"I'd let her choose the place - or if it was nice [weather], we'd do a barbecue. I'd get her a present."

The emotional father made this plea: "I just want everyone out there to know my daughter would go out of her way to help someone in trouble. If anyone knows anything, please, please come forward."

MISSING: The wait is worst

Tricia Leslie :: The Times

Three families hang onto hope and struggle for some sense of normalcy

The hope. The horror. The ever-existing anguish and uncertainty of not knowing where a missing family member might be, if he or she is alive, in pain, injured or the unthinkable - dead.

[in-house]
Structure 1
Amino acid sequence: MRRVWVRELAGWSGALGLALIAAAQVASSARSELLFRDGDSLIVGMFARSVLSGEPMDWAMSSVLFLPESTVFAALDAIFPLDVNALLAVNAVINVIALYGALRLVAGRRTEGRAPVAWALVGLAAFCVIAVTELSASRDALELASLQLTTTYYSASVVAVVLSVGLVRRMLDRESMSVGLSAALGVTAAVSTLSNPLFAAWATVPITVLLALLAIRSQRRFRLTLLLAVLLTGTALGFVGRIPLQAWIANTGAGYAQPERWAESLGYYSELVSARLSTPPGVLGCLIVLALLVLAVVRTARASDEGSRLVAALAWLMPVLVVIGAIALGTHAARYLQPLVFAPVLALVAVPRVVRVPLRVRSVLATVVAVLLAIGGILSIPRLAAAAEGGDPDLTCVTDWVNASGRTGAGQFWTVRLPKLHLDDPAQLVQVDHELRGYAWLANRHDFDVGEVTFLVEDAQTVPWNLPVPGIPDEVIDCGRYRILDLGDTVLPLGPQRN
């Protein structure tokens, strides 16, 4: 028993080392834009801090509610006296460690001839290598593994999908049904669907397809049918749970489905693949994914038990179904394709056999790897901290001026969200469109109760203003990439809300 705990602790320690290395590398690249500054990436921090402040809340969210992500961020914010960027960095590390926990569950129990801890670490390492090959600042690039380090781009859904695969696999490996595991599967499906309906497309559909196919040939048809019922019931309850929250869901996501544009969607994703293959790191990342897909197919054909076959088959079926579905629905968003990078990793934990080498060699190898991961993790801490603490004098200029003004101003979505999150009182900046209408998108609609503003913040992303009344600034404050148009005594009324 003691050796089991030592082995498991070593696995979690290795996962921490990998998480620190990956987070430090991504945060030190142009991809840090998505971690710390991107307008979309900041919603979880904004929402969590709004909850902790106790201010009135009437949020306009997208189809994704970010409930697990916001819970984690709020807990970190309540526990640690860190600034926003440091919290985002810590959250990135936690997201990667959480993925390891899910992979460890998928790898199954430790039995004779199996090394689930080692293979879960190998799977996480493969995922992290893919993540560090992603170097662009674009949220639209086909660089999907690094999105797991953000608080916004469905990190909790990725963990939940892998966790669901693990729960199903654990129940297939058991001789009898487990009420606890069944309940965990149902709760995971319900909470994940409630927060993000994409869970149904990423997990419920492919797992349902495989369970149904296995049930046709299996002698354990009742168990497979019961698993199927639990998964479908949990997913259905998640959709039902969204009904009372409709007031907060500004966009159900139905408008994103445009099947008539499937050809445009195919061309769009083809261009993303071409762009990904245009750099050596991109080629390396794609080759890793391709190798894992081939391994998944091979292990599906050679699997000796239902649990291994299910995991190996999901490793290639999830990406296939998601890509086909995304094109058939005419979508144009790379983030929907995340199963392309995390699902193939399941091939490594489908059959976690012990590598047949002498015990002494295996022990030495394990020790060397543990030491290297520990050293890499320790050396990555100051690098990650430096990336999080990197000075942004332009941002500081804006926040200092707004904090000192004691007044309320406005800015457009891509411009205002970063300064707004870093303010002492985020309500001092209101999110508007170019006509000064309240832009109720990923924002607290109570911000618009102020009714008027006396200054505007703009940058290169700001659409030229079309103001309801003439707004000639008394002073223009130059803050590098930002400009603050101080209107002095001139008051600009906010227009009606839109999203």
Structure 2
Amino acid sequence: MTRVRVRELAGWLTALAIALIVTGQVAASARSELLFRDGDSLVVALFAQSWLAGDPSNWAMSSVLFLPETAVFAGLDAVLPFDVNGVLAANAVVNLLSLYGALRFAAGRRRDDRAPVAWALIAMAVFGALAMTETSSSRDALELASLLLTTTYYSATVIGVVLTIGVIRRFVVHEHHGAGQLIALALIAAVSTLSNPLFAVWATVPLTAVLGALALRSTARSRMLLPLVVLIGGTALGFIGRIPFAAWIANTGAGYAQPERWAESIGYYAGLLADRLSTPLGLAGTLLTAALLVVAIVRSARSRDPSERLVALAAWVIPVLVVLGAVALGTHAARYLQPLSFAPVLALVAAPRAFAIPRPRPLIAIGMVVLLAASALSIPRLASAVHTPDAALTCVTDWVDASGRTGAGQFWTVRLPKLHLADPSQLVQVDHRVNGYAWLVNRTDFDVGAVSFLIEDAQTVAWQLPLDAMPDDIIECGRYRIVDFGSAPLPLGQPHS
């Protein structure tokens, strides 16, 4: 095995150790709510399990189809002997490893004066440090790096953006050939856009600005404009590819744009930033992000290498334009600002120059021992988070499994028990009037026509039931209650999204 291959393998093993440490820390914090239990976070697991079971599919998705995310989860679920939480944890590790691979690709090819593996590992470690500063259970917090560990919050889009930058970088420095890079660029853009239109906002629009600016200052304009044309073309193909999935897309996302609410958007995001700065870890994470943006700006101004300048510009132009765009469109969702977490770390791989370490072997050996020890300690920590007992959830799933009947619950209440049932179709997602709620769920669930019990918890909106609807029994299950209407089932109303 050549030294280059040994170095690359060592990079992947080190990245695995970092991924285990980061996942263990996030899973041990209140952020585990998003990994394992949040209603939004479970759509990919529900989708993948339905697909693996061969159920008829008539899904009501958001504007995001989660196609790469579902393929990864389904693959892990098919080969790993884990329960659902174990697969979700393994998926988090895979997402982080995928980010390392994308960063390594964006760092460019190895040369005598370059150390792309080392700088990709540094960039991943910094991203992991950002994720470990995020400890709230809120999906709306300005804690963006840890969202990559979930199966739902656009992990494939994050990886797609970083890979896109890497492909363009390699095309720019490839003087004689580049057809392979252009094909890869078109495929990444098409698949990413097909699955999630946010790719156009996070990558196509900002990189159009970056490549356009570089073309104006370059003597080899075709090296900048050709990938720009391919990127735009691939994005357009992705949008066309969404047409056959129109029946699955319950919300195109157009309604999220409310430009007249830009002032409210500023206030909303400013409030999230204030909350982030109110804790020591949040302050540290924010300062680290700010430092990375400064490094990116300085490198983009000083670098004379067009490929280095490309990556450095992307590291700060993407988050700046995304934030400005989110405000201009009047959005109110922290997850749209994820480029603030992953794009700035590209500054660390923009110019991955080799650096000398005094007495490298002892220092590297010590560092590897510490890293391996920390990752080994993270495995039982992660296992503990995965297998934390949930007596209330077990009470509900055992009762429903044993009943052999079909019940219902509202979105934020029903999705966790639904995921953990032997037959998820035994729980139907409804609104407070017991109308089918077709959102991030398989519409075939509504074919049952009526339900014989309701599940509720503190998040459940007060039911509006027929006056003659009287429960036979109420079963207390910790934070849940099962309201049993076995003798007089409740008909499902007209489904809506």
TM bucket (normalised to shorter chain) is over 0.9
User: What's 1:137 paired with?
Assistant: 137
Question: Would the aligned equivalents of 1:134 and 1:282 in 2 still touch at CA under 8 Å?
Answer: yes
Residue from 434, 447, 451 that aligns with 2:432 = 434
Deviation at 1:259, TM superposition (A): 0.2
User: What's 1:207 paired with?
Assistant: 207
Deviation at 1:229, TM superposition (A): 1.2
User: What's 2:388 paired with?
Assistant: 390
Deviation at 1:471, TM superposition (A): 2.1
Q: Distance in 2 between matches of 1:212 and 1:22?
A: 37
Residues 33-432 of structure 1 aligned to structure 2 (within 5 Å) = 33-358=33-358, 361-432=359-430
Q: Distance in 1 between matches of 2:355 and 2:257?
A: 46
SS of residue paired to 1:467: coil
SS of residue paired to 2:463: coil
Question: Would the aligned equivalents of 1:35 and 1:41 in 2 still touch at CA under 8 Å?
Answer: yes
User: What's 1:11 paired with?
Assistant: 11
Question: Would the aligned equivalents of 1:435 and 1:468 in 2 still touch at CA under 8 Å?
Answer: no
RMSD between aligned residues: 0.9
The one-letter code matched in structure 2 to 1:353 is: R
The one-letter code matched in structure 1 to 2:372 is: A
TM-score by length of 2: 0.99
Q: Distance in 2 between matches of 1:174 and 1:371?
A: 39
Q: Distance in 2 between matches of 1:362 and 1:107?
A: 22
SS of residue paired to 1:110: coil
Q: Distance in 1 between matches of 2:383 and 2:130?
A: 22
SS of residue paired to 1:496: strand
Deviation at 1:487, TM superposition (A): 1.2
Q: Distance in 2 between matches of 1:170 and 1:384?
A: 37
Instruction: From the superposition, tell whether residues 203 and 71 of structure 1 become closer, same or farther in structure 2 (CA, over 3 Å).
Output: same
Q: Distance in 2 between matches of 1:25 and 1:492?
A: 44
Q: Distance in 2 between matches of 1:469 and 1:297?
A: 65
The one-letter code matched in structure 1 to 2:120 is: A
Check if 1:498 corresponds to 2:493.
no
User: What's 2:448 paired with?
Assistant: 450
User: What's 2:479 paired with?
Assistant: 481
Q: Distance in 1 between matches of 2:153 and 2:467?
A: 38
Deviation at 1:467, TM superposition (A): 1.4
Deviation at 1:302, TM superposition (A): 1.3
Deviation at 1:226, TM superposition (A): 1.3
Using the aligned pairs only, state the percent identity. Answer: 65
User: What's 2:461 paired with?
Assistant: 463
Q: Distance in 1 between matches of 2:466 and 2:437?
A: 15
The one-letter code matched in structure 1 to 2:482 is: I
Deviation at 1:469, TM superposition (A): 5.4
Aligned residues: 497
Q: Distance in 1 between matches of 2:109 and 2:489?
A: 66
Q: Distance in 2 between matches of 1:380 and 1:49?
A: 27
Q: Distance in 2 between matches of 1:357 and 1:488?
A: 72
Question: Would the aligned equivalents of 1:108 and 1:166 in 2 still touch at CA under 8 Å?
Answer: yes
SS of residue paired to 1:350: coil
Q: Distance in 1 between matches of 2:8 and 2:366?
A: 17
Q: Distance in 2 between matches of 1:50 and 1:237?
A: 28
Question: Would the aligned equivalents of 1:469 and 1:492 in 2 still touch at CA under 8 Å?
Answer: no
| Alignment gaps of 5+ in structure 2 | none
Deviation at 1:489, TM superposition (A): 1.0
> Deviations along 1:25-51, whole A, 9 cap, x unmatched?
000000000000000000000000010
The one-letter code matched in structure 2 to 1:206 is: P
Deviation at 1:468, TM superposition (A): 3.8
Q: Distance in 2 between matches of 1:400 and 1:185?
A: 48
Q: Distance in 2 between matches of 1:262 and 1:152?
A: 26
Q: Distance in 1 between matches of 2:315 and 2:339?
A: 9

Three people have gone missing in recent months from Abbotsford and Mission, and while police and RCMP investigators continue to keep the files open and search for answers, the parents and families of the missing people somehow carry on with their lives.

"I guess I'm alright. I'm as good as you can expect for not knowing anything," said Barry Shpeley, whose daughter, Candace, went missing on March 31.
Shpeley visited Abbotsford police investigators on Thursday, hoping for an update, but there was no news.

Abbotsford's Barry Shpeley drives around town with a poster of his missing daughter Candace on the back of his van.

Meanwhile, Shpeley is busy helping raise two of Candace's three children with his wife, monitoring Candace's website [see timeline] and is back at his job.
"Not knowing anything is worse than knowing," Shpeley said.
"When Mother's Day came, the kids made their Nana a card . . . that was hard - the worst."